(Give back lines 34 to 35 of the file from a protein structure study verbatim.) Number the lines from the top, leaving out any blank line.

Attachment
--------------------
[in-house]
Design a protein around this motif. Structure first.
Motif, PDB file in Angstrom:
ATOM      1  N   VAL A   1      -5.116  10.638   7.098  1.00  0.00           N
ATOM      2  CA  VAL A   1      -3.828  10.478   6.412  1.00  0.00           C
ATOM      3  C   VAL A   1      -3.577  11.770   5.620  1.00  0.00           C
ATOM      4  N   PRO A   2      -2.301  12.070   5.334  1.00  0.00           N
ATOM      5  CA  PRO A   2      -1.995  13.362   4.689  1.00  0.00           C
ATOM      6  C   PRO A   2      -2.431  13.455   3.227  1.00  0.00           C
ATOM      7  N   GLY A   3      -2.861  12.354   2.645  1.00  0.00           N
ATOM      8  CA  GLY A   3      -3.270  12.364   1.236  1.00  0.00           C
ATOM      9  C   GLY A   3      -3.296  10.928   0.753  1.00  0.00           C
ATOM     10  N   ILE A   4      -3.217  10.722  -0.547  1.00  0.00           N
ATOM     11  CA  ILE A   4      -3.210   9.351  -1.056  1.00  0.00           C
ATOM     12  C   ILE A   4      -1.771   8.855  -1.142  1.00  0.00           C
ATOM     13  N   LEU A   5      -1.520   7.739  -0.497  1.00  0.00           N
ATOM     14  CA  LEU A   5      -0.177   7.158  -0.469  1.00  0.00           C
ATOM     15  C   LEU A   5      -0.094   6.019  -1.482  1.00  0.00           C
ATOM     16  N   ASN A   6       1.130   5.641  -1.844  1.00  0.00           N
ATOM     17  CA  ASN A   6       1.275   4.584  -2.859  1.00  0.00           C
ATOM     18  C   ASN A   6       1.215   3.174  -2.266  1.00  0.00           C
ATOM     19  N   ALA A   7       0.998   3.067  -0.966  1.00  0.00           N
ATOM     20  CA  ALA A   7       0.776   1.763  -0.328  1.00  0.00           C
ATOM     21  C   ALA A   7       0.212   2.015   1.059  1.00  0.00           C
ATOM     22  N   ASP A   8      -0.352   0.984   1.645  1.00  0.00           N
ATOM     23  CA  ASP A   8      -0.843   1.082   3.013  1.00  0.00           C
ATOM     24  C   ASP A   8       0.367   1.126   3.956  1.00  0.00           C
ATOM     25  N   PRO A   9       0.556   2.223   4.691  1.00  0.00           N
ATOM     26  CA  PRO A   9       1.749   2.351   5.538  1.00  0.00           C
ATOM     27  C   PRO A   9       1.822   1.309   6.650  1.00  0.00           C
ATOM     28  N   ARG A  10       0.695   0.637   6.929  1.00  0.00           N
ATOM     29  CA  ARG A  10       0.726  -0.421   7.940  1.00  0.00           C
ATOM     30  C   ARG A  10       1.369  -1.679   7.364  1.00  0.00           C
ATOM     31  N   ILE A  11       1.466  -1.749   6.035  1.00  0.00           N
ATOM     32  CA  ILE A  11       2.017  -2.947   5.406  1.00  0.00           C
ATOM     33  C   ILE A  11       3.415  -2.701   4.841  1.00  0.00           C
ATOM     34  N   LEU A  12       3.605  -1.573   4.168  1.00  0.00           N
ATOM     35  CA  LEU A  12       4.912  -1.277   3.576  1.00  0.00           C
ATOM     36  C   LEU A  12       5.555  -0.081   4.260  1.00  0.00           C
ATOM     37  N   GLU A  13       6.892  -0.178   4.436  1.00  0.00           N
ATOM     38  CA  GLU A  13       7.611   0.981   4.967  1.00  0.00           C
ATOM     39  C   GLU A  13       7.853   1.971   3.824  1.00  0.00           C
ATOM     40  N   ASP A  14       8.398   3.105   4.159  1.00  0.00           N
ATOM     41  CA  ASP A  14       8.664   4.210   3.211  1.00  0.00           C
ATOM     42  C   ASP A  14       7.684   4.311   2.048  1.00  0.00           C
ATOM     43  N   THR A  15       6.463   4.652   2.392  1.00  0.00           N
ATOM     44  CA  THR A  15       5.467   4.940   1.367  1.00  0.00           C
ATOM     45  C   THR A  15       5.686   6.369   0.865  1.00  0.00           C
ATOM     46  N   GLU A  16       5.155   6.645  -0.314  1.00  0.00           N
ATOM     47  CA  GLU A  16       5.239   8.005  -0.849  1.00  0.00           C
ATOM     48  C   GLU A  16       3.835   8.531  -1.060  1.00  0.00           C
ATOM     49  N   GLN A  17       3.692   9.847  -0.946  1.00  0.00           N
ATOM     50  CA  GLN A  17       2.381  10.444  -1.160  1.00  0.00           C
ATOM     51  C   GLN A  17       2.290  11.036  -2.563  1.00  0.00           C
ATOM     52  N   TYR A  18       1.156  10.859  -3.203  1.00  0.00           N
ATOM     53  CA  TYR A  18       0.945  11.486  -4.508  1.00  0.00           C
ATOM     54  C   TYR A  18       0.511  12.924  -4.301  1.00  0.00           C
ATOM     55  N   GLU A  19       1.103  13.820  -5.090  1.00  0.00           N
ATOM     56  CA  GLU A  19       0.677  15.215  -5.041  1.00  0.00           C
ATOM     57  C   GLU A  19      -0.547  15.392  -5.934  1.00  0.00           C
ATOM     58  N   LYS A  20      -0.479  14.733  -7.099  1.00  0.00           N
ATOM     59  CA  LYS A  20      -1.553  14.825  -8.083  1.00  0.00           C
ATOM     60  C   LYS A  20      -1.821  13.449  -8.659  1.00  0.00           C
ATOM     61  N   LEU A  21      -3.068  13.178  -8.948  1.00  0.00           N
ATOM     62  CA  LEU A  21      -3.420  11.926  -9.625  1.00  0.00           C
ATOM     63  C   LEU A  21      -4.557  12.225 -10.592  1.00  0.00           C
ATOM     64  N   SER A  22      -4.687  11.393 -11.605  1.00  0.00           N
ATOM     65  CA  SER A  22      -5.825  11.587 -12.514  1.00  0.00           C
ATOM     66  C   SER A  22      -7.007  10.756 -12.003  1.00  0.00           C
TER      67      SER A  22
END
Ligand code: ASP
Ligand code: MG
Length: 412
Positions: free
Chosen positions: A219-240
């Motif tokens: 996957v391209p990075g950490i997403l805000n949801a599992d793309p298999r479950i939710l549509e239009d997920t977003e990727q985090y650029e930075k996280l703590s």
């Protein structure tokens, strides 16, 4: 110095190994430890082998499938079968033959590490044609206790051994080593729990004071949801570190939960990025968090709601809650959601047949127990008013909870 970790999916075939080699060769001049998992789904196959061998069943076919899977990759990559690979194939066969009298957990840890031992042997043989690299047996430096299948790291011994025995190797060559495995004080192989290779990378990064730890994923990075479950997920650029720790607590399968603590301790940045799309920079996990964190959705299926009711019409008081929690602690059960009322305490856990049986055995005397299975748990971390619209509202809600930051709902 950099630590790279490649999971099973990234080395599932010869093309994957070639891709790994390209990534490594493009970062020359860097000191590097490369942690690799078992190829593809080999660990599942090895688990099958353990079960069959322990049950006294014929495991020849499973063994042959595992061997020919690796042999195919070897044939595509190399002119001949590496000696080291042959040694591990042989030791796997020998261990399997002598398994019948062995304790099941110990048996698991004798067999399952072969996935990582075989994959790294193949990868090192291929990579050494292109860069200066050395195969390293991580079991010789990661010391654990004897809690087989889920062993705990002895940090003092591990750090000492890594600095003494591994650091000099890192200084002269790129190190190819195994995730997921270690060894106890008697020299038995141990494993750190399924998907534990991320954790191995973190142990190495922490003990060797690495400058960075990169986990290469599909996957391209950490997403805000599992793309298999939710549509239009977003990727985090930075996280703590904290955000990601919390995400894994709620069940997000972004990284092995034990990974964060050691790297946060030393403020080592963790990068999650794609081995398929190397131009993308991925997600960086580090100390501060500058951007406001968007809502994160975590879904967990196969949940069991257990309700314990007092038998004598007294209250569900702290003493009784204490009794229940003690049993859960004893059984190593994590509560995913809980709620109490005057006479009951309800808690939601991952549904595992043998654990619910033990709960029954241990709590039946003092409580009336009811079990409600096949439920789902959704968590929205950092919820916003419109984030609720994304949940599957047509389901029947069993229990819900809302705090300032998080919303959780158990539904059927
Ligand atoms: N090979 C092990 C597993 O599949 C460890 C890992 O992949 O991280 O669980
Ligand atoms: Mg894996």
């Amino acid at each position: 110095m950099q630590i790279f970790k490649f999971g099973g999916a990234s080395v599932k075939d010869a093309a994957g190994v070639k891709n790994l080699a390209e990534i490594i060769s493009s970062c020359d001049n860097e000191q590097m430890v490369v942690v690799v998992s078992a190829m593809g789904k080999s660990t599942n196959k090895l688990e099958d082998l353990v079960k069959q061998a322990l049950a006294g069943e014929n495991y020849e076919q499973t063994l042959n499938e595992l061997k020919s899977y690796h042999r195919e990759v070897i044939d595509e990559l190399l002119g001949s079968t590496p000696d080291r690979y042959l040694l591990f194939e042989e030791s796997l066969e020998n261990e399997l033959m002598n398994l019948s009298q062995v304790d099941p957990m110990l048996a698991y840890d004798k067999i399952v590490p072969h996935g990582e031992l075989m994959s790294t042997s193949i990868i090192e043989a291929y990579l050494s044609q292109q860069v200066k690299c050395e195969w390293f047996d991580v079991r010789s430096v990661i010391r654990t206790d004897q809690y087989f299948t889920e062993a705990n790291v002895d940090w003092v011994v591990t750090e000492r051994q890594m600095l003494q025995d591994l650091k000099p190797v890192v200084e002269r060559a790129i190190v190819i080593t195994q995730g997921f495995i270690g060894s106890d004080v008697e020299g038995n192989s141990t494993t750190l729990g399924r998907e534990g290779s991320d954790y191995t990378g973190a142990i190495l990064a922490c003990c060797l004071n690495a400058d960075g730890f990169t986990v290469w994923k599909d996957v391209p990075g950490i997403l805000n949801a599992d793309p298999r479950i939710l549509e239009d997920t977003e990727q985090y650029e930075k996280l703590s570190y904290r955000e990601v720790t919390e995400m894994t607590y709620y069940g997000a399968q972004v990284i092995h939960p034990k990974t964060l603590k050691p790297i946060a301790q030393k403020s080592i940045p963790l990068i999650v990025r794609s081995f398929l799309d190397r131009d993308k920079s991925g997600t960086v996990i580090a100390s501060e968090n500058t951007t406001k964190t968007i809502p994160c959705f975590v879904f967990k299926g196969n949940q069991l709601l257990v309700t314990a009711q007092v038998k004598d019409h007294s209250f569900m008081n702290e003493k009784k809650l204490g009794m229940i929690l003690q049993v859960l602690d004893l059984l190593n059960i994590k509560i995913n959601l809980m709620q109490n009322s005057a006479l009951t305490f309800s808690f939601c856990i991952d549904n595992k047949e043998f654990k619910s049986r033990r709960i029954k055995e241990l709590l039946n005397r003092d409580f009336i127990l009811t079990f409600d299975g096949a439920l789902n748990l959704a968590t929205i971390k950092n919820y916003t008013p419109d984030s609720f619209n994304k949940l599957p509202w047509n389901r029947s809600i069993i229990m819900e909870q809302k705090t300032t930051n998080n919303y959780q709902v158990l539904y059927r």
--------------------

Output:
ATOM     31  N   ILE A  11       1.466  -1.749   6.035  1.00  0.00           N
ATOM     32  CA  ILE A  11       2.017  -2.947   5.406  1.00  0.00           C